Happy Hour

My grandmother Lois was not known for her cooking. Well, maybe I should say she was not known for her good cooking. She was famous for her judicious use of the pressure cooker, for serving economic cuts of meat like tongue and tripe, for insisting on cooking on her own mother's 1905 wood burning stove (even in 2005), and for her love of canned...everything. Lois's dishes always contained at least a pinch of cat hair.

One thing she was good at was mixing a drink. I can remember shuffling downstairs in my pajamas at 11:00 in the morning on my summer holidays, to find Grandma at the breakfast table with a tumbler of 'juice,' which she must have felt she deserved after a morning of tending her garden, cutting the acre and a half of back lawn, playing bridge (and winning, no doubt) with the ladies at the Senior Center, completing the New York Times crossword of the day, and drawing up a 'to do' list for everyone else in the house, all before her grandchildren could even be bothered to get out of bed. It must have felt positively like afternoon by the time she reached 11:00.

As my uncle says, Grandma was a woman of traditions and routines. She always drank coffee from the same mug. She always served porcupine meatballs for Christmas Eve dinner, with a dessert of green jello and maraschino cherries. She always ate dinner at 6 o'clock. And at 5, it was always happy hour.

As a young wife and mother, Grandma started happy hour the minute my grandfather came home from work. Everything else stopped: no cooking, no cleaning, no kids running around the house. The two of them would each have a cocktail, a salty snack, and a cigarette (it was the 50's after all), and sit together to talk about their day. A simple moment, but one to look forward to.

My grandmother died last month at 94 years old. Two weeks later, I got married and as a thank-you gift, a friend gave my mother a bottle of Hendrick's gin. It's special: aromatic like perfume, but not cloying. With cucumbers from my cousin's garden, we started making G,T,&C's to drink by the sea wall every day before dinner, where we would sit and talk about the day, spot seals on the rocks, and throw stones into the ocean. It's a tradition that I cherish, and which makes me think of Grandma every time. I think I'll skip the cat hair though...

G, T, and C

1 shot of Hendrick's Gin
1 cup of tonic water
2 ice cubes
2 slices of cucumber to garnish

No need for instructions on this one, just put it all in a glass and stir.


Debs @ DKC said...

What a lovely story & so sorry to hear about the loss of your grandmother too.

Hendricks gin, now you're talking. It's against the law to serve it with lemon, cucumber or jail as far as I'm concerned LOL.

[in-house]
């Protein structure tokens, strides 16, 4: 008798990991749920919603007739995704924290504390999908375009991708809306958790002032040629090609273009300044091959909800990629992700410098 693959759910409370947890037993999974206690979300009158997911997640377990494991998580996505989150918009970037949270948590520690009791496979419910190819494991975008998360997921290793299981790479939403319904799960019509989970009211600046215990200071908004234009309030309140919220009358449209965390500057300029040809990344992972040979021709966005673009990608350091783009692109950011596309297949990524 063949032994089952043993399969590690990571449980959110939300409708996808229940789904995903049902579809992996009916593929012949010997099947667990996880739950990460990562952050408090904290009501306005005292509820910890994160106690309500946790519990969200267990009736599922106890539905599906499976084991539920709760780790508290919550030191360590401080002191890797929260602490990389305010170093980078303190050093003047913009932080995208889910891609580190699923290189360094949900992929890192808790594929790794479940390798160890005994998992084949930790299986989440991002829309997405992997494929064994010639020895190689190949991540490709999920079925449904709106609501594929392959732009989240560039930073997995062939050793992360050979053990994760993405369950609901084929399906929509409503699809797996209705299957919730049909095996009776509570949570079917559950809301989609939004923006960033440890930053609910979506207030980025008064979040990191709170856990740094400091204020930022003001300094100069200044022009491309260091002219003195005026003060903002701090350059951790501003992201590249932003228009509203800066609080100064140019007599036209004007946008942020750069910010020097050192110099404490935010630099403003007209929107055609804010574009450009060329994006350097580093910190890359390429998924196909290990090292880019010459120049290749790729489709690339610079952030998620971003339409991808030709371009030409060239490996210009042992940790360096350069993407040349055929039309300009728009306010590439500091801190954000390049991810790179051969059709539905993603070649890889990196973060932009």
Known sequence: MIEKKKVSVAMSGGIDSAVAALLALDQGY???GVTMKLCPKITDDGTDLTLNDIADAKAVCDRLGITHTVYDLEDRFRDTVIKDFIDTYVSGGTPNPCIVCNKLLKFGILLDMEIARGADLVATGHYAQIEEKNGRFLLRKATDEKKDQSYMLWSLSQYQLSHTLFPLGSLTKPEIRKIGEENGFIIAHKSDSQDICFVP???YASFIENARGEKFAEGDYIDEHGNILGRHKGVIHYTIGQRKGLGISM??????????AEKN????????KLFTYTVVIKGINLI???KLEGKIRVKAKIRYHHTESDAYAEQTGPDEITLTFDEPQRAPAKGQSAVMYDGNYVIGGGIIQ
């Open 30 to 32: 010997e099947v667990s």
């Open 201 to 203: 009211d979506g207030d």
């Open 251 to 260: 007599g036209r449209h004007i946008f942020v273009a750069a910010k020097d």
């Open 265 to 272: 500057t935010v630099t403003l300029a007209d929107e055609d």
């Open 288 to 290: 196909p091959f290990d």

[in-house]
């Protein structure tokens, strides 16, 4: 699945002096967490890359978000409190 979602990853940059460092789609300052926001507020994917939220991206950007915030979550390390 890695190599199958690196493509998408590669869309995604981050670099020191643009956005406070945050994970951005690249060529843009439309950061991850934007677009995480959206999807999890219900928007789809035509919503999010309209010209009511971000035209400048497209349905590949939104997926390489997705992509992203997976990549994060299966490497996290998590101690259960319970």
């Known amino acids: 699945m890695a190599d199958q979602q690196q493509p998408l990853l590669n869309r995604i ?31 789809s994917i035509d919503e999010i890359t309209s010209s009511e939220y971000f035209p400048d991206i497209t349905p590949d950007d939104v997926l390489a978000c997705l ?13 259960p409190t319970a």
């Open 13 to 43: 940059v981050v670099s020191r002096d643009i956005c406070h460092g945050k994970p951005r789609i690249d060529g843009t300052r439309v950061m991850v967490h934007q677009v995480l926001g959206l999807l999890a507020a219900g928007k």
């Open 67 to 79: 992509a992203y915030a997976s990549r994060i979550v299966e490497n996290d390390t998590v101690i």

I love the stuff as you can tell hee hee.

Stephfret said...

Thanks Debs! I'm totally converted to the stuff, best G&T I've ever had!!

sasasunakku said...

Sorry to hear about your grandmother, congratulations on your recent nuptials and welcome back (phew!) Hendricks is also my favourite - my best friend Anna introduced me to it when she came here and brought a bottle to me from duty free...

Stella said...

A pinch of cat hair? Was she a witch (smile & kidding)? Lois' drink looks wonderful. I could use one right now with all of this unpacking I'm doing!

Stephfret said...

Thanks Sasa, I'm glad to be back. As you can see, I've had a few things on my plate the last few months, but happy that things are settling down a little!

Stella, I don't think she was a practicing witch but I'm pretty sure she got called one every now and again- she was a tough lady! G&T goes well with moving, I recommend it.

russian princess said...

I loved your post.... I can see your Grandmother smiling down on you and your afternoon drink...I love stories about grandparents.... please read one of my favorites from a southern writer... what a difference there is in what grandparents pass out to their grandchildren.


stephanie. said...

fabulously written story. thanks for sharing it.

as a stay at home mommy of two young children, i love the idea of everything stopping for cocktail hour when my husband comes home from work. now, if i could only get those little people to agree and leave us alone. ;)

Stephfret said...

Russian Princess- thanks for the comment and the lovely link. I love reading about people's memories of their grandparents, too!

Stephanie- Yes, I guess the little people might object to happy hour. I think for my grandparents it worked because my mother, uncle, and aunt knew they'd catch a heaping helping of stern 50's discipline if they disturbed the adults...that might not work so well these days!

Post a Comment